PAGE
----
Brexit: Expert discusses UK’s ‘vision’ and predictions

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Last month the Government said it would “capitalise on new freedoms” to mark the one-year anniversary of the Brexit trade agreement. As part of this effort to take back control, the Prime Minister pledged to “proudly” restore the Crown stamp on pint glasses. But the EU has denied having ever removed the right to feature the mark in the first place.

The Crown is believed to have been used to guarantee the size of pints and half-pints since 1699.

More than 300 years after this date, in 2007, its usage was phased out in Britain, despite protest by major players in the brewing and pub industry, including JD Wetherspoon’s Chairman Tim Martin and then-Punch Tavern Chief Executive Giles Thorley.

Following an EU directive, it was replaced by a bloc-wide “CE” mark.

This stands for “Conformité Européenne”, or “European Conformity”.

In a statement published in 2007 in the BBC by then-Trade Minister Jim Fitzpatrick, attempts were made to quash the disapproval of brewers.

He said: “Pint glasses which were marked with the Crown stamp and placed on the market before that date remain lawful.

“There is therefore no requirement to remove existing Crown-stamped glasses from use.”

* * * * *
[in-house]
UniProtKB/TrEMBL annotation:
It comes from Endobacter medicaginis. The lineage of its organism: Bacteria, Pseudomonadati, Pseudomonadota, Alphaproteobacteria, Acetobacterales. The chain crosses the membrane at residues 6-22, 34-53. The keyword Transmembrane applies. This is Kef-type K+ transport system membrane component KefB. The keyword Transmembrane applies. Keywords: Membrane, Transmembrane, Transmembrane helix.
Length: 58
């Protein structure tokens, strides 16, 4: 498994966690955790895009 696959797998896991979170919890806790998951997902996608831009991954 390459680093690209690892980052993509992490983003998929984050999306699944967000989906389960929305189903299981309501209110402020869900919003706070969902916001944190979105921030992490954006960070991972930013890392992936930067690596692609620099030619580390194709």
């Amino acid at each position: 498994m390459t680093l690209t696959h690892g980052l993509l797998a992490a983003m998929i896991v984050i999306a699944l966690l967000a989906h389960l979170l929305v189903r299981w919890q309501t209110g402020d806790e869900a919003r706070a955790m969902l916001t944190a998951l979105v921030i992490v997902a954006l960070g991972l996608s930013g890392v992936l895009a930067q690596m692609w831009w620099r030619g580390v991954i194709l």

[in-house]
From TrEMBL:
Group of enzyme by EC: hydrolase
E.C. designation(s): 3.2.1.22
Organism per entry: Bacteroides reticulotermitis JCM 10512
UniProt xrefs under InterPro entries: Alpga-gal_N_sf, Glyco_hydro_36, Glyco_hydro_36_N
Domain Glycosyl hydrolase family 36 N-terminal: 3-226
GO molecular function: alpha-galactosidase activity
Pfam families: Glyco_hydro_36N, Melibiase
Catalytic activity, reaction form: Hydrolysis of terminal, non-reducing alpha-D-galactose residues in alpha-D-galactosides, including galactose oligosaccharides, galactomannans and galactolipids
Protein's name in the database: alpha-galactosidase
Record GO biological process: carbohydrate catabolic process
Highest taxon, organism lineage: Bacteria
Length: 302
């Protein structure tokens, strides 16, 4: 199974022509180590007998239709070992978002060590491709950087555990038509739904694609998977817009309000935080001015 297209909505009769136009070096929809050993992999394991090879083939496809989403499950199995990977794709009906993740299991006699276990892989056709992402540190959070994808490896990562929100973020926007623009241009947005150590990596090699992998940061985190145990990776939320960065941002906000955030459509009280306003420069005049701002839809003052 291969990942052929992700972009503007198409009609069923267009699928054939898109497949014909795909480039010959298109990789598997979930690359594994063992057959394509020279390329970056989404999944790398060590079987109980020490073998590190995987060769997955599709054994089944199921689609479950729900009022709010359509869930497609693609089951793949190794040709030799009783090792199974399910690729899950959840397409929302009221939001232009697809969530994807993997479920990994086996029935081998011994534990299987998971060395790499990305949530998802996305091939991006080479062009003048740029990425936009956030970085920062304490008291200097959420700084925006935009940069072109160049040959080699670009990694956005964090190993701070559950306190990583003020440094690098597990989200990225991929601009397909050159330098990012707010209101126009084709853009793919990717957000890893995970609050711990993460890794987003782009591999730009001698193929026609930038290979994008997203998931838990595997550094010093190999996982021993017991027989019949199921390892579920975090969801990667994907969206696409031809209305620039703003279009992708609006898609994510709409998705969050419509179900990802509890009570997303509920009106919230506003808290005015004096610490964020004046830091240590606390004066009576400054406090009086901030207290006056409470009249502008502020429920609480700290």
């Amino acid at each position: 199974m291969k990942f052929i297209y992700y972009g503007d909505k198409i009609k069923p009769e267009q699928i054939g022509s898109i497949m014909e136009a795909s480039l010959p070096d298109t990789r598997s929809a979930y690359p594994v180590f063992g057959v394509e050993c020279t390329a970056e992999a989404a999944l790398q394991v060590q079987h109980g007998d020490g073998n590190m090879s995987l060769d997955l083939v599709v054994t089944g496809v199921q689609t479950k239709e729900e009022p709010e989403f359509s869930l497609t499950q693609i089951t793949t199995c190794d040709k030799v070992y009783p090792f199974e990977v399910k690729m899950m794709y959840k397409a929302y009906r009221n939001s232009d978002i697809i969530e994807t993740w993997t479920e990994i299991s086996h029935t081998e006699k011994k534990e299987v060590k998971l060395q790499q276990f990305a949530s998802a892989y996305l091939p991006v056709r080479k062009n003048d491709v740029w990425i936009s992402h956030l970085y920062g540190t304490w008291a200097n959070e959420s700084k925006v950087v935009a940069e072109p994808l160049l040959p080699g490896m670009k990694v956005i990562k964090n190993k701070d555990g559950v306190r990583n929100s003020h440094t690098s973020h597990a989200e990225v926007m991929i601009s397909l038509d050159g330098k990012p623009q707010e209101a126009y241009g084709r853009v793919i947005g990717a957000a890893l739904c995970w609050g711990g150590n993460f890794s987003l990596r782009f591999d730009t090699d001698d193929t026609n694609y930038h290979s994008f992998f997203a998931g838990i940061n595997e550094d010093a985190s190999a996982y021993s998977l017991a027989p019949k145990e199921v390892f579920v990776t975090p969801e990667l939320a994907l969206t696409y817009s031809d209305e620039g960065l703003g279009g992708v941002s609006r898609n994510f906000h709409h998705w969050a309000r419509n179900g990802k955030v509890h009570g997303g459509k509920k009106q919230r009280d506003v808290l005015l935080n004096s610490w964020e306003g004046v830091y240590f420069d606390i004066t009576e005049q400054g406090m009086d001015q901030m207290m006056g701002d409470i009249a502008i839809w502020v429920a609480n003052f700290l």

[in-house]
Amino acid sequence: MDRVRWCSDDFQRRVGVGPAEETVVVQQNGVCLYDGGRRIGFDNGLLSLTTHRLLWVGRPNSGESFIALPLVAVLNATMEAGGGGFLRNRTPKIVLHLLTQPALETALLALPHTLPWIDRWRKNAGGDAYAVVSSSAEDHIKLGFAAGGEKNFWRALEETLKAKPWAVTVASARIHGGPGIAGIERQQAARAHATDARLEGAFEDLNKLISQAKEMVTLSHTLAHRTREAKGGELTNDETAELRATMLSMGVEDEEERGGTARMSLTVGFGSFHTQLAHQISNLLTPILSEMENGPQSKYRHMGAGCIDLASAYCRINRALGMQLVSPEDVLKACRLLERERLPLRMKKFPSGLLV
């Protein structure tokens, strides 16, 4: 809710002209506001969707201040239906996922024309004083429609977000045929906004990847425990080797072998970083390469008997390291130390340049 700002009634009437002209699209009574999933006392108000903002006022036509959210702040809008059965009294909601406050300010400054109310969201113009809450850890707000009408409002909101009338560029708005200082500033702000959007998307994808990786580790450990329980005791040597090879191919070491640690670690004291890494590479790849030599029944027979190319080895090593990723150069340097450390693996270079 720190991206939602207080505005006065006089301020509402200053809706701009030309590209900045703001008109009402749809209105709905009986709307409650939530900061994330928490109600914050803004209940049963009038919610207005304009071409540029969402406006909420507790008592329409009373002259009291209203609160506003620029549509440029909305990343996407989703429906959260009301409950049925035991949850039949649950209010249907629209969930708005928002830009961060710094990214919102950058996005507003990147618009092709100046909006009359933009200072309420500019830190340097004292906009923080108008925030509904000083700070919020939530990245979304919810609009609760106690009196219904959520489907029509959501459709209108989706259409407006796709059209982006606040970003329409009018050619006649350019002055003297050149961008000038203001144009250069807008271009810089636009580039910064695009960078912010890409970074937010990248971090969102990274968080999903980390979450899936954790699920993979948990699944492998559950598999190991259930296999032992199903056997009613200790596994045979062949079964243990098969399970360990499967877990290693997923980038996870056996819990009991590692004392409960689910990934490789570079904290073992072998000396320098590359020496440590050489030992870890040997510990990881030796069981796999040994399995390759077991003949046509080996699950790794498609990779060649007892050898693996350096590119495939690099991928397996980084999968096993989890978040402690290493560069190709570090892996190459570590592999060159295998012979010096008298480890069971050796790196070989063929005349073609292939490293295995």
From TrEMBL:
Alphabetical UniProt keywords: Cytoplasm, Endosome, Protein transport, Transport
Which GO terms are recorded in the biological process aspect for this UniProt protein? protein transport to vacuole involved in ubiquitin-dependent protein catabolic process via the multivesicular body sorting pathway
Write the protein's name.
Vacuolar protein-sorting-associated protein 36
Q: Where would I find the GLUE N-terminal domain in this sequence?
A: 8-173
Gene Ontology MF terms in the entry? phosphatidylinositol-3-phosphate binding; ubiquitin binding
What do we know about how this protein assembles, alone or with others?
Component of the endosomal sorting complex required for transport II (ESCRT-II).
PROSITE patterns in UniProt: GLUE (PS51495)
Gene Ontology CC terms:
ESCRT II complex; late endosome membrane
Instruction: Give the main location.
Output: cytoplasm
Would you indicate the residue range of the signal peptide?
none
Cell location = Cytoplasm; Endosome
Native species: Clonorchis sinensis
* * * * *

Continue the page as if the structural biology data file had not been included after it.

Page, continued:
Mr Fitzpatrick appeared to stop short of suggesting that the Crown stamp did not have to disappear from new glasses, too.

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But an EU Commission spokesperson claimed Britain has, for the past 15 years, got it wrong.

They told The BBC: “EU law does not prevent markings from being placed on products, so long as it does not overlap or be confused with the CE mark.”

This raises the question as to why, if the Crown stamp could have been used for all this time – albeit alongside the French marking – this was not made more clear (or, indeed, made known at all).

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Even Boris Johnson’s promise of “proudly restoring the Crown stamp” on glasses falls short of a full pint.

The Government states that, from 2023, “the UKCA mark must be used for placing goods on the GB market”.

This stands for “UK Conformity Assessed” – similar to the former EU “CE” mark.

The use of the Crown on pint glasses looks likely – despite the “restoration” claim – only to be “voluntary”.

Former Brexit Minister Lord Frost said in September last year: “[The Government] will permit the voluntary printing of the Crown Stamp on pint glasses.”

The Crown stamp will return, but only by half measure.

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